High-cost patients in a fee-for-service medical plan. The case for earlier intervention

Med Care. 1990 Feb;28(2):112-23. doi: 10.1097/00005650-199002000-00002.


This article describes the high-cost and very high-cost patients in the fee-for-service medical plan of one of the nation's largest banks in terms of their demographics and medical plan expenses and utilization, within a single year and during a period of 4 consecutive years. High-cost patients ($5,000-25,000 annually) were dominated by older persons and women 20 to 39 years, while the very high-cost patients (at least $25,000) tended to be older men and infants of both genders. Very high-cost patients used 5 to 7 times more hospital patient days and visited with a physician on an outpatient basis twice as often as high-cost patients. In turn, the high-cost patients experienced 37 to 50 times as many patient days and twice as many outpatient visits as patients whose annual expenses were below $5,000. Longitudinal analyses suggested that while most of the high-cost patients are typically low-cost patients or nonusers of services who experience high-cost time spans, some of them suffer from more serious chronic health problems and are apt to become very high-cost patients. Focusing case-management interventions on this small subgroup of high-cost patients may prevent some very high-cost cases in the future.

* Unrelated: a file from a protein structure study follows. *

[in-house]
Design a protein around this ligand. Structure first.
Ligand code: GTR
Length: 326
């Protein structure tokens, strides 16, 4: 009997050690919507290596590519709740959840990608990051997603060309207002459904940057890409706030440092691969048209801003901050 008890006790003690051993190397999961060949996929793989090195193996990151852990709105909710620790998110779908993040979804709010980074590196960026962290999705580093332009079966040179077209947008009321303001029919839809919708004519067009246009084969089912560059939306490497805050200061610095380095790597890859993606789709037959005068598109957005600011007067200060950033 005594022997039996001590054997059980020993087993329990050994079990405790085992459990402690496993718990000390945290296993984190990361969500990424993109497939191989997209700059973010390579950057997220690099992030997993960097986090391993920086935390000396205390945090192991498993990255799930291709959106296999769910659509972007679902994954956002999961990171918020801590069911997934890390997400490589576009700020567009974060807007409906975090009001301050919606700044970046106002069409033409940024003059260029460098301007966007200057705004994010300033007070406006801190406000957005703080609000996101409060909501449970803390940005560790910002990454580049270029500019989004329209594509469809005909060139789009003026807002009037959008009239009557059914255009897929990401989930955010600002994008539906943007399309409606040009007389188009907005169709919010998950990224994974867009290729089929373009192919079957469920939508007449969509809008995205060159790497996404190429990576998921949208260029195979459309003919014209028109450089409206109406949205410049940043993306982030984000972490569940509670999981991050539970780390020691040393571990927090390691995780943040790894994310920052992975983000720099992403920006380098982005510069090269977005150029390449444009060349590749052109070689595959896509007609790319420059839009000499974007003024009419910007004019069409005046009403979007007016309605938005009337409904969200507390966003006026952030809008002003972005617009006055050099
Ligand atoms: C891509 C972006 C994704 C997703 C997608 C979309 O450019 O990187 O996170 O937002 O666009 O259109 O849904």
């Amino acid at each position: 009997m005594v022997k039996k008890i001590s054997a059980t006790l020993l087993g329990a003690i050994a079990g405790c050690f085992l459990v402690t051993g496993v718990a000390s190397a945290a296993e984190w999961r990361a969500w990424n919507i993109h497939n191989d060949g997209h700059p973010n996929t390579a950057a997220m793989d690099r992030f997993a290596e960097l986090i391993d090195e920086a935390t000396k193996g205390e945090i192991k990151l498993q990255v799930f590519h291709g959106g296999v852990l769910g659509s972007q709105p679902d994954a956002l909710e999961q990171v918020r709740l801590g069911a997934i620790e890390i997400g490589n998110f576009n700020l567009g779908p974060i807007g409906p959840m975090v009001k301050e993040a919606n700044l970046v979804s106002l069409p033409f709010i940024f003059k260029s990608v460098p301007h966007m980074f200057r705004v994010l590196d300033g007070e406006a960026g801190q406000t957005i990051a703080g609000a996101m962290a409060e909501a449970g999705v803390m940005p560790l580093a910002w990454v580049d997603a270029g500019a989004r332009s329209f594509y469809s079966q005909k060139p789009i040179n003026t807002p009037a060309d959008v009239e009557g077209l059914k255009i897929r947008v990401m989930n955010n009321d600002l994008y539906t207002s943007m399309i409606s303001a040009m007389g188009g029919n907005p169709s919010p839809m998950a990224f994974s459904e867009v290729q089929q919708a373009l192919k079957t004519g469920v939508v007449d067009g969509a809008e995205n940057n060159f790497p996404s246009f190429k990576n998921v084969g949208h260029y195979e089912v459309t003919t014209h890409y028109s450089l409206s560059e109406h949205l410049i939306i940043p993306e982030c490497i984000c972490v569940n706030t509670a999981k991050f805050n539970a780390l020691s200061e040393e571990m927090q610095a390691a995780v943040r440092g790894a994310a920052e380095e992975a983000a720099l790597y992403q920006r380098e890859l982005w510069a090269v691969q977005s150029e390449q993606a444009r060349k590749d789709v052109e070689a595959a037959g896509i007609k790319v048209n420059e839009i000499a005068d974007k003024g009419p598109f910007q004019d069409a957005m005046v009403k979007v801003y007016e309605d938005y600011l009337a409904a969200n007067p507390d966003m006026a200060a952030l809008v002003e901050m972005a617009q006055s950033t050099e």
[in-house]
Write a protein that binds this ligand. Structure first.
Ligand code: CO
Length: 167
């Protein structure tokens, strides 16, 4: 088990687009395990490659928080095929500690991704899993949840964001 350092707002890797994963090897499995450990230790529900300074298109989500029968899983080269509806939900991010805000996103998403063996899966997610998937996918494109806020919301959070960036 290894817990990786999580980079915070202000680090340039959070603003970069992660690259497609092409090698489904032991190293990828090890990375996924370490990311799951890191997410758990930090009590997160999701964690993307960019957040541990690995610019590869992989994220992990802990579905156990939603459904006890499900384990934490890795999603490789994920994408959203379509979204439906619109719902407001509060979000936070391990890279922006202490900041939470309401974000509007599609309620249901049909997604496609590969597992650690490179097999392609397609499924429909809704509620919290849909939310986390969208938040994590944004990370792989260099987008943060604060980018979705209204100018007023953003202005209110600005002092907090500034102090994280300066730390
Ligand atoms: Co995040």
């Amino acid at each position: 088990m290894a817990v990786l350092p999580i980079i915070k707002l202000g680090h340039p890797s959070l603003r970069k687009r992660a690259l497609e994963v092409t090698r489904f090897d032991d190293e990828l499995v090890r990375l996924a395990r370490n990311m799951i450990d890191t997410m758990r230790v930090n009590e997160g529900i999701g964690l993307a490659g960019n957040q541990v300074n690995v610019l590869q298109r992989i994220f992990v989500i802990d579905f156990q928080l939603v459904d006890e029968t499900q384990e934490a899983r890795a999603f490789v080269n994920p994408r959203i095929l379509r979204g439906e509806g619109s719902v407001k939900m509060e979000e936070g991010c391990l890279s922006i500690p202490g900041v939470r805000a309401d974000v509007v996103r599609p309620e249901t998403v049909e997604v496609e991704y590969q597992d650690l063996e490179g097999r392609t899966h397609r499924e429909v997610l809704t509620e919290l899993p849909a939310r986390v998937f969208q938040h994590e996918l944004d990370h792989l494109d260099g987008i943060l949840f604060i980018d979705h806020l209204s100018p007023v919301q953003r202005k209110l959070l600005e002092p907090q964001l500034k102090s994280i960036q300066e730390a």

Publication types

  • Research Support, Non-U.S. Gov't

MeSH terms

  • Adolescent
  • Adult
  • Age Factors
  • California
  • Catastrophic Illness / economics*
  • Child
  • Child, Preschool
  • Fees, Medical*
  • Female
  • Health Benefit Plans, Employee / statistics & numerical data*
  • Health Expenditures / statistics & numerical data*
  • Hospitalization / statistics & numerical data
  • Humans
  • Infant
  • Infant, Newborn
  • Insurance, Health / statistics & numerical data*
  • Longitudinal Studies
  • Male
  • Middle Aged
  • Office Visits / statistics & numerical data
  • Sex Factors